Obama's Minimum-Wage Gamble

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There's no clear path to a minimum-wage hike in today's Congress. So why did the president surprise members of his own party and bring it up in the State of the Union?

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In 2008, the Obama-Biden transition effort promised, as part of the new president's poverty agenda, that "Obama will ... raise the minimum wage to $9.50 an hour by 2011" and "index it to inflation."

That didn't happen, and when Obama in his 2013 State of the Union address once again brought up the question of raising the minimum wage -- though to a slightly lower amount -- it took some members of his party by surprise. A minimum-wage hike is a perennial progressive Democratic favorite, but it wasn't on the radar to emerge as a top priority for the president and his party in the year ahead.

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"[T]oday, a full-time worker making the minimum wage earns $14,500 a year. Even with the tax relief we've put in place, a family with two kids that earns the minimum wage still lives below the poverty line. That's wrong. That's why, since the last time this Congress raised the minimum wage, 19 states have chosen to bump theirs even higher," Obama said Tuesday night. "Tonight, let's declare that in the wealthiest nation on Earth, no one who works full-time should have to live in poverty, and raise the federal minimum wage to $9.00 an hour."

He tried to make the idea sound bipartisan: "Working folks shouldn't have to wait year after year for the minimum wage to go up while CEO pay has never been higher. So here's an idea that Governor Romney and I actually agreed on last year: let's tie the minimum wage to the cost of living, so that it finally becomes a wage you can live on." (You can see Romney calling for the minimum wage to be indexed to the CPI or another inflation index here.)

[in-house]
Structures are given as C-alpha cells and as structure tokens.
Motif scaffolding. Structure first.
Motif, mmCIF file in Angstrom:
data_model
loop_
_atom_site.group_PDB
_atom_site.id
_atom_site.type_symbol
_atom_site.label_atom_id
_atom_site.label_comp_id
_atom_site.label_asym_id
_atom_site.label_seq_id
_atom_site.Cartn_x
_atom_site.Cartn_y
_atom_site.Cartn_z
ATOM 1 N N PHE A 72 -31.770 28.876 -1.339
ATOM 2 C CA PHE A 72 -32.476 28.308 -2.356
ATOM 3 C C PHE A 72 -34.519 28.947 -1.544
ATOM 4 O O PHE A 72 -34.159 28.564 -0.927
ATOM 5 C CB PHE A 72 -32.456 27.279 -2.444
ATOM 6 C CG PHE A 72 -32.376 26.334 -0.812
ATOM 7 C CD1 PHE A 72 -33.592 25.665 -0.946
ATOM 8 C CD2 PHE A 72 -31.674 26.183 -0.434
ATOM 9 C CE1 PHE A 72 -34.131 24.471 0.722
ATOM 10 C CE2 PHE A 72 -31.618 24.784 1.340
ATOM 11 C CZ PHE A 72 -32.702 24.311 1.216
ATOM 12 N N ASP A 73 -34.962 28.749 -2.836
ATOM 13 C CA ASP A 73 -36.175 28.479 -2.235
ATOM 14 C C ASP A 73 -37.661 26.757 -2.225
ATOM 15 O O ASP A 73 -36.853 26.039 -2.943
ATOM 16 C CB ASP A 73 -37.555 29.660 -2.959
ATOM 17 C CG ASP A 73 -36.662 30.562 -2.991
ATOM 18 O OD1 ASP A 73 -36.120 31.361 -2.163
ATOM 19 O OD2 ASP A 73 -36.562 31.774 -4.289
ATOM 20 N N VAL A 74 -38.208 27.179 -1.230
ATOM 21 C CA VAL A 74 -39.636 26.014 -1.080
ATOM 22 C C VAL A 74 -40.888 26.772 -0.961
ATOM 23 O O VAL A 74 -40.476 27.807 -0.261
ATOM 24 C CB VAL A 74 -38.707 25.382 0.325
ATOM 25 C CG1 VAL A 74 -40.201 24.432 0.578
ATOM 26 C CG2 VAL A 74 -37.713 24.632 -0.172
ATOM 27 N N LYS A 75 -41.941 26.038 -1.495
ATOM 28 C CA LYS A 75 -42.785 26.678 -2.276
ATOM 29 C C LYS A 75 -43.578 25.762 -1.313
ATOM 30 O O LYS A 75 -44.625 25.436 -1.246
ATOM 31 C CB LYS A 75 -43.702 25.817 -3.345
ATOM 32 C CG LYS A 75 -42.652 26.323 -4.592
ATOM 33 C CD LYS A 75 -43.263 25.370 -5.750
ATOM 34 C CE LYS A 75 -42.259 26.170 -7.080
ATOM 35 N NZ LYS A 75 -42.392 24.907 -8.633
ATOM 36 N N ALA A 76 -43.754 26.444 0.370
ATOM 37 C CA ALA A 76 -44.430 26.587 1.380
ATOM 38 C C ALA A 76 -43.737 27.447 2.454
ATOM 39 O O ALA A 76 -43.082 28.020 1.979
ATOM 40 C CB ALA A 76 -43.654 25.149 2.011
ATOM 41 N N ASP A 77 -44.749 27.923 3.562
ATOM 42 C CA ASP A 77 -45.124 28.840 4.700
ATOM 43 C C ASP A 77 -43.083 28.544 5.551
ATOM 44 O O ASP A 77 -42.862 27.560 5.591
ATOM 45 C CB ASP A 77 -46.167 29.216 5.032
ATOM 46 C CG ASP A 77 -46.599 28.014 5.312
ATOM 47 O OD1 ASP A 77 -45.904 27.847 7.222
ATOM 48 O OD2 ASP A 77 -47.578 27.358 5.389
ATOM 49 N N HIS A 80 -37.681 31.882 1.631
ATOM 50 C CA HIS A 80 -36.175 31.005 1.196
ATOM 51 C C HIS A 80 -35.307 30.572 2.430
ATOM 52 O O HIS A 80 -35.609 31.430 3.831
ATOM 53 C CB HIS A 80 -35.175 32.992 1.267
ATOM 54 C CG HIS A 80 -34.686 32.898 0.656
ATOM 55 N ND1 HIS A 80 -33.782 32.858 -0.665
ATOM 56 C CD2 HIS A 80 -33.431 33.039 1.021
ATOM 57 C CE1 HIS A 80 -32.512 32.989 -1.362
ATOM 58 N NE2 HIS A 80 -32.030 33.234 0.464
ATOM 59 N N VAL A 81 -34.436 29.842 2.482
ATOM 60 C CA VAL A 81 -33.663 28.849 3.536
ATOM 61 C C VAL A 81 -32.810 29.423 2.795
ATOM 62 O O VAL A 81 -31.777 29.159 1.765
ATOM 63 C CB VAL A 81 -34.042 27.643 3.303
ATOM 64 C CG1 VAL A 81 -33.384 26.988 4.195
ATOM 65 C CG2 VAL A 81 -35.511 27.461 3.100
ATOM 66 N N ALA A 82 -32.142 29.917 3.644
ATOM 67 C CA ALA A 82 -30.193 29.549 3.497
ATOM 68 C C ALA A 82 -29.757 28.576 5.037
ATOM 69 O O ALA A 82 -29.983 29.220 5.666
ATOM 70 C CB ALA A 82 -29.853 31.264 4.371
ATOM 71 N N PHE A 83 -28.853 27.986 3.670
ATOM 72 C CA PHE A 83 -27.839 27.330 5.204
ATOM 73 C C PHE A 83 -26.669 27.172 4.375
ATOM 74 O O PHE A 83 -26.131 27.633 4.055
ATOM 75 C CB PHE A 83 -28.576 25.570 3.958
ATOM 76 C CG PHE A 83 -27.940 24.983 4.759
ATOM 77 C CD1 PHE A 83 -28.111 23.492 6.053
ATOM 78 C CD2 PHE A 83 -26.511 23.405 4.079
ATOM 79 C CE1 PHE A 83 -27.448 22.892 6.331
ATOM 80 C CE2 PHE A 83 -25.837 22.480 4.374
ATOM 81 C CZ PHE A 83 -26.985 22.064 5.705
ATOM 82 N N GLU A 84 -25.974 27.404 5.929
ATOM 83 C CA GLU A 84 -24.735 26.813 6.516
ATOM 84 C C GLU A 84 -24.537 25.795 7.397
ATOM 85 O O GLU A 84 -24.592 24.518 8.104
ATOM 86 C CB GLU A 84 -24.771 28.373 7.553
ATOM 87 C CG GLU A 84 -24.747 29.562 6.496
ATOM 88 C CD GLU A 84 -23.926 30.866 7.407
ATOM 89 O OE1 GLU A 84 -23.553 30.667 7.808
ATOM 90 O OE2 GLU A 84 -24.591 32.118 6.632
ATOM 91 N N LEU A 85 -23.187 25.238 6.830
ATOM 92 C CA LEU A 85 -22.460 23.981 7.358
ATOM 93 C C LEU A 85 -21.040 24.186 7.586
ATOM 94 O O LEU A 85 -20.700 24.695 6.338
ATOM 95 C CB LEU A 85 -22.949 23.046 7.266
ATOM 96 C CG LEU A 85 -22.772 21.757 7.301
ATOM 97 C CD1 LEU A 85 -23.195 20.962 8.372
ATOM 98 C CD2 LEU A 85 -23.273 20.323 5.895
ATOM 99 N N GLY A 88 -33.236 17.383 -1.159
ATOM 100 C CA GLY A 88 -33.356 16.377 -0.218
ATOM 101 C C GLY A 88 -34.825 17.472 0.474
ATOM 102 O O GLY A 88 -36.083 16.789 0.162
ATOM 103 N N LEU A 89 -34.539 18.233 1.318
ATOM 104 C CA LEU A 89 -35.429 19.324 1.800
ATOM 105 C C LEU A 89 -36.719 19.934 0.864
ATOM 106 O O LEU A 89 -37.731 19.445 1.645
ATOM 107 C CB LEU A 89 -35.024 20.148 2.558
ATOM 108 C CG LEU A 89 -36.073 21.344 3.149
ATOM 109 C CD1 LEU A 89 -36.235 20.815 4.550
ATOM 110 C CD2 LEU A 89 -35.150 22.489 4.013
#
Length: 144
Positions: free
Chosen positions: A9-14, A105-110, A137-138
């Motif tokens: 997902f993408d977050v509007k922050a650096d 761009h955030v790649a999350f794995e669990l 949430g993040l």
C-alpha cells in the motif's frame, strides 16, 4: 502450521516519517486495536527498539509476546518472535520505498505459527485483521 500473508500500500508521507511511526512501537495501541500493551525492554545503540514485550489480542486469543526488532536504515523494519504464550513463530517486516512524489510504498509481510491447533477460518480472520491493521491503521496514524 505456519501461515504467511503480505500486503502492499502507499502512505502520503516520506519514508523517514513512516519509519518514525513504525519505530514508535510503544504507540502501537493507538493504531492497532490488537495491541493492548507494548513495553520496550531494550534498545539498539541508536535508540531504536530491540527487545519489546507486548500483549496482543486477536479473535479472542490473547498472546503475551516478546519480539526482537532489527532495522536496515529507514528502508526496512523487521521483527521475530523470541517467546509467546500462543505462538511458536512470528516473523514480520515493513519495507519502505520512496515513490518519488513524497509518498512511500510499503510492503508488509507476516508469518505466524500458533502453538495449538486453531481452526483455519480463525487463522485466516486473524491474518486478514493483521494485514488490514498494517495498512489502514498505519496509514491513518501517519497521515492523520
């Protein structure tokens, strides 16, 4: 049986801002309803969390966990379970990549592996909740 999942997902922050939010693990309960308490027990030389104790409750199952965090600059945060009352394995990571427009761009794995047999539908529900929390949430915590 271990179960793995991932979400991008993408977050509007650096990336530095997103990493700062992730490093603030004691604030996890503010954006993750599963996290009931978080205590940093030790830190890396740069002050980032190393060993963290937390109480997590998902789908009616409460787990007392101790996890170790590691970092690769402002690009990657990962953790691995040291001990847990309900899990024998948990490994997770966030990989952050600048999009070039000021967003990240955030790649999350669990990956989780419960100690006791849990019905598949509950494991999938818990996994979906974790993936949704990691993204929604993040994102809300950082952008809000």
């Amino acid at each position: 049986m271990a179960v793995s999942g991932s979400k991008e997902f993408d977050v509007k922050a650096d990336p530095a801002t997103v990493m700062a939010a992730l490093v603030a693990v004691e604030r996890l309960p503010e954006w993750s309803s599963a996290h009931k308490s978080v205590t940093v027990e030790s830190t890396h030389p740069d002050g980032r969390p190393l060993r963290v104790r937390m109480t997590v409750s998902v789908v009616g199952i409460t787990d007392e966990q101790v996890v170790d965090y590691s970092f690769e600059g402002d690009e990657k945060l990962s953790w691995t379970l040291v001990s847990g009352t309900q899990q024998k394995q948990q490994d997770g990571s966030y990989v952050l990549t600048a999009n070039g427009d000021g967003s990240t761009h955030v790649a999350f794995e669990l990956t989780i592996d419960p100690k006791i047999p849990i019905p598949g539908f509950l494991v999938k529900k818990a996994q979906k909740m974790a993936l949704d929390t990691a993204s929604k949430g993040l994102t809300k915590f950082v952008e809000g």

On Wednesday, House Speaker John Boehner quickly -- and predictably -- shot the idea down, as Republicans have with so much minimum-wage-increase talk in the past. "Listen, when people are asking the question 'Where are the jobs?' why would we want to make it harder for small employers to hire people? I've got 11 brothers and sisters on every rung of the economic ladder. I know about this issue as much as anybody in this town," Boehner said. The speaker in 2006 opposed raising the federal minimum wage to its current $7.25 an hour from $5.15; the last national minimum-wage hike through legislation came in 2007, when Democrats still controlled the House.

Sen. Marco Rubio of Florida, who delivered the GOP rebuttal to the State of the Union and has emerged as a prominent new face for the party, also dismissed the proposal. "I don't think a minimum-wage law works," he said on CBS's This Morning.

So why did Obama bring the issue up, knowing it would be a hard sell in the GOP-controlled House -- and even in the narrowly Democratic Senate, which is already grappling with the hot-button issues of immigration, gun control, and climate change?

The answer is that it's good politics for Obama and the Democrats to put the GOP in the position of opposing a popular economic measure that has particular appeal to Hispanics and women ("nearly two-thirds of minimum wage workers," according to the National Women's Law Center), two groups the GOP is increasingly trying to woo. And it's good politics to do so just as Republicans are struggling to make some long-deferred compromises on immigration, in part in hopes of helping a future national Republican candidate perform better with Hispanics than did Romney in November. And also: It will give Democrats something to run on in 2014.

As Obama and the Democrats meet with more success in Congress -- especially if there's a real immigration deal -- and as Republicans increasingly highlight a small but diverse group of next-generation GOP leaders from modest circumstances, such as Rubio, Democrats are going to need a fresh wedge issue on which to cast the GOP as the party of the rich, the already-established, and the intransigent. The minimum-wage fight will be clarifying, even if it's not one Democrats can expect to win any time soon.

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Garance Franke-Ruta is a former senior editor covering national politics at The Atlantic.

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